Sombrero Chino: The smallest and most recently formed island, the tiny island gets its name from its appearance, which is that of a Chinese hat. A 400-meter trail starts on a small, white-sand beach hidden in a sheltered cove. Sea lions and American oystercatchers frequent the beach. We may catch glimpses of lava lizards, marine iguanas, and Sally Lightfoot crabs battling the changing tides.
On Genovesa Island, we will visit Darwin’s Bay. Don’t let the name fool you, however. Darwin never visited this island!
Composed entirely out of a shield volcano, the horseshoe-shaped island is home to Darwin Bay, which was formed out of a collapsed volcanic structure. We will have a wet landing and take an easy/moderate hike of less than a mile. We can also snorkel and kayak. We will possibly see sea lions, seals, or even a hammerhead shark here, in their natural habitats.
Also known as Bird Island, Genovesa is home to an incredible amount and variety of bird colonies, including blue-footed boobies, storm petrels, Swallow-tailed Gulls, and Galápagos mockingbirds. In the afternoon, we will go to El Barranco (Prince Philip’s Steps). El Barranco’s steep, rocky path leads up to a high cliff-face. It is a moderate hike, less than one mile. There is a marvelous view to appreciate. This site is also home to red-footed boobies, short-eared lava owls, Galápagos swallows, and Galápagos doves. We will traverse a path that passes through the seabird colonies.
Santiago Island, the fourth largest of the islands, was used as a pirate replenishing stop during the 17th and 18th centuries. Intriguing eroded rock formations are found inland. Along the shoreline merge two different types of lavas into surreal scenery. Espumilla Beach on the north end of the bay is a sea turtle nesting site. The trail inland passes a small seasonal lagoon where flamingoes and white-cheeked pintail ducks may be seen.
On the northwestern side of Santiago Island is Egas Port. Trails lead to the fur seal grottos, and we may have close views of both fur seals and sea lions in a series of rocky pools. This may be the only opportunity to see the Galápagos fur seal, once thought to be on the verge of extinction.
Isabela Island: We will spend three leisurely days cruising Isabela and Fernandina Islands. We will visit Tagus Cove and Elizabeth Bay, where we will take a two-hour dinghy ride. With an abundance of marine life and clear water, the area is perfect for snorkeling and viewing schools of colorful fish, sea lions, and perhaps sharks.
Moreno Point is located near Elizabeth Bay on the west coast of Isabela Island. This is a birdwatcher’s delight. A multitude of birds can be seen during a dinghy ride along the striking rocky shores. A moderate hike along lava rock leads to tide pools and mangroves. In the tide pools, you can spot green sea turtles or white-tip sharks.
The Tintoreras Islets is home to a variety of wildlife. The turquoise, crystalline waters are inhabited by white-tipped reef sharks, Galápagos penguins, marine turtles, and sea lions. One of its beaches, surrounded by mangroves, is one of the few sites where marine iguanas can reproduce successfully.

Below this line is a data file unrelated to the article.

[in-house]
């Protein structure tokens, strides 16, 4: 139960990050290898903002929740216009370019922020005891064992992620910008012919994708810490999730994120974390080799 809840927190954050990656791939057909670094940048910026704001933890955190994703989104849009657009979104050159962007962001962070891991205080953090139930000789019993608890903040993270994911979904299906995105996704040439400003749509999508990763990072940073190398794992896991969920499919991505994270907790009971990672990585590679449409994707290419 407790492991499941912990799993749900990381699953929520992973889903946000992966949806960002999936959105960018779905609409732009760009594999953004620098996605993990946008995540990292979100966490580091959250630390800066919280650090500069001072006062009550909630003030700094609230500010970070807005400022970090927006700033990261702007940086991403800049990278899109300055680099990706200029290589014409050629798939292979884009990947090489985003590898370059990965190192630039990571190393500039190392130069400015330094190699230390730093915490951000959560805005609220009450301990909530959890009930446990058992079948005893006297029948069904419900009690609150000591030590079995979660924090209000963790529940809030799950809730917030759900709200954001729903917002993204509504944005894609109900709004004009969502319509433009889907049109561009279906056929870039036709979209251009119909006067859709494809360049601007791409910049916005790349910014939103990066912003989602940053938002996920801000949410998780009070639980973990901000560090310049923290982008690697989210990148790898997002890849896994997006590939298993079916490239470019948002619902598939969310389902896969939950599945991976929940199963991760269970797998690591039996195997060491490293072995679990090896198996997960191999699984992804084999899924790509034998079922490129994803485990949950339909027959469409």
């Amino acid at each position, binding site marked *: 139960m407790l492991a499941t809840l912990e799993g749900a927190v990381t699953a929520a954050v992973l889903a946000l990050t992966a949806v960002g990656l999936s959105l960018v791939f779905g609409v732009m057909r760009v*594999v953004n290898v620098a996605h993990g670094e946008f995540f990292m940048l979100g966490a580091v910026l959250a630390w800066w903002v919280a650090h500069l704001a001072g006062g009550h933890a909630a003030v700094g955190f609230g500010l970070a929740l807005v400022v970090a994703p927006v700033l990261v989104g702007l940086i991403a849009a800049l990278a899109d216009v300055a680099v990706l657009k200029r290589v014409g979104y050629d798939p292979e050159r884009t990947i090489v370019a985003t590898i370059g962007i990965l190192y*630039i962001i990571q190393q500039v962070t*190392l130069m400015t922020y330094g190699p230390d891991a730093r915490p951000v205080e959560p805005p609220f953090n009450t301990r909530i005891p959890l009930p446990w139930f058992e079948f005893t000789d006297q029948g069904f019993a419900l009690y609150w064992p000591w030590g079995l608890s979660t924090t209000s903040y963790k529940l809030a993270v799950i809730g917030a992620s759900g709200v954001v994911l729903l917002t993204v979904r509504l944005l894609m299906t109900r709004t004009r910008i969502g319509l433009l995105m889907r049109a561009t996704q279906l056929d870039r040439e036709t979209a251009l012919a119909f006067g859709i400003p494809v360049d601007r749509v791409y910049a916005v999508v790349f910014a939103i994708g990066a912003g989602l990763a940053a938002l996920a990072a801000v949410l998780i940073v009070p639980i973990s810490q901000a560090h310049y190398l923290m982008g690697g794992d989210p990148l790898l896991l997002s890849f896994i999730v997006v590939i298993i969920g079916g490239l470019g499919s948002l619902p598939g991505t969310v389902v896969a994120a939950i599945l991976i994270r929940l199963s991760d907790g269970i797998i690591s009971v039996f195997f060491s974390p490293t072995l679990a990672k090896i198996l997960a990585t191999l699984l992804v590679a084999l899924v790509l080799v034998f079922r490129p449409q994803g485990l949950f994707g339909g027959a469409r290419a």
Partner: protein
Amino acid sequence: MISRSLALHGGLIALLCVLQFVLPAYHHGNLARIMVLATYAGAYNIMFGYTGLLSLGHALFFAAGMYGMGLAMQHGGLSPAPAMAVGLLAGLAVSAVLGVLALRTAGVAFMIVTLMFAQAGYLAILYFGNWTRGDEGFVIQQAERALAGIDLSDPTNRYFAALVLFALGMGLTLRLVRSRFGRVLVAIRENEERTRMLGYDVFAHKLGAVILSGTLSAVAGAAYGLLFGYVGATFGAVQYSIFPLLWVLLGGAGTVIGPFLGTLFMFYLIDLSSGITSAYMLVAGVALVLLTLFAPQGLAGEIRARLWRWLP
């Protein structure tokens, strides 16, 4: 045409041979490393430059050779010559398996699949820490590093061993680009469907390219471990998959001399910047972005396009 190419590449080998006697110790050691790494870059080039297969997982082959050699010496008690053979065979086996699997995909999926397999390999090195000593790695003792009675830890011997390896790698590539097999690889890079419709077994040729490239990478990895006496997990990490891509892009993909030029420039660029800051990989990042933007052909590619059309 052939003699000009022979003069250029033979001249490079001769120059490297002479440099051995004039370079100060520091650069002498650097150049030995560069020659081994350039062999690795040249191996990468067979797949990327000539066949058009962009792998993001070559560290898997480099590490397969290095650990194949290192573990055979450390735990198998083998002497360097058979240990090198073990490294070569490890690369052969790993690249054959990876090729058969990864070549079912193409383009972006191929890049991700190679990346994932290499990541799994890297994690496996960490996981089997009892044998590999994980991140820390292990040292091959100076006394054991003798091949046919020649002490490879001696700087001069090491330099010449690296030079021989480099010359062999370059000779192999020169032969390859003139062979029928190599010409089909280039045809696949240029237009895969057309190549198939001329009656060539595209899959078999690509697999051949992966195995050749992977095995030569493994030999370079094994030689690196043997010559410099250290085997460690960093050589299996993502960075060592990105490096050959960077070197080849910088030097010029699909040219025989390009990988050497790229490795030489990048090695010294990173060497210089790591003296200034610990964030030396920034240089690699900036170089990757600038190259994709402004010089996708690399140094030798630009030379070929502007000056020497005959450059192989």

The Wall of Tears: From 1945-1959, there was a penal colony on Isabella Island. Prisoners were forced to build this wall, stone by stone, in isolation. This now historical site (El Muro de las Lágrimas), towering at 65 feet (25 meters) high, took the lives of thousands during its construction.
We will hike the Sierra Negra Volcano. It boasts the largest basaltic caldera in Galápagos at 9 x 10 kilometers. There are impressive views, as well as up to seven species of finches. The north side of the caldera provides evidence of its most recent volcanic activity in 2005.
Day 11: On our last day on the yacht, we will head back to Santa Cruz Island where we will visit The Charles Darwin Research Station. It is home to tortoises that range from three inches (new hatchlings) to four feet long. Sub-species of tortoises interact with one another and many of the older tortoises are accustomed to humans, stretching out their heads for a photo opportunity. The babies are kept until they are about four years old and strong enough to survive on their own. The Research Station conducts scientific research and environmental education for conservation. Their main objectives are to promote, facilitate, design, and implement the scientific investigation necessary for the understanding of biological principles, better understanding of ecosystems, and adequate management of the islands’ natural resources.
Today we will leave our island paradise and fly to Guayaquil. We will have a city tour, have dinner at a fabulous local restaurant, and get a restful night's sleep.
Day 12: Today is our last day in Ecuador. We will share a meal together, then head for the airport, and bid a fond farewell to this wonderful country. Transportation to the Guayaquil airport is provided.
Please note: This trip starts in Quito and ends in Guayaquil -- different cities. You'll need to make your airline reservations with different start and end cities.
You will need to arrive in Quito, Ecuador on or before day one. Our trip ends in Guayaquil, Ecuador. Many airlines fly to both cities and allow "open jaw" excursions into one city and out of another. Contact the leader before making your final arrangements. The flight to and from the Galápagos Islands is included in the trip price. Tickets for this flight will be issued to you at the airport when you leave for the islands. Your passport must be valid for at least seven months from the date of your entry into Ecuador. If you do not currently have a passport, apply for one as soon as possible.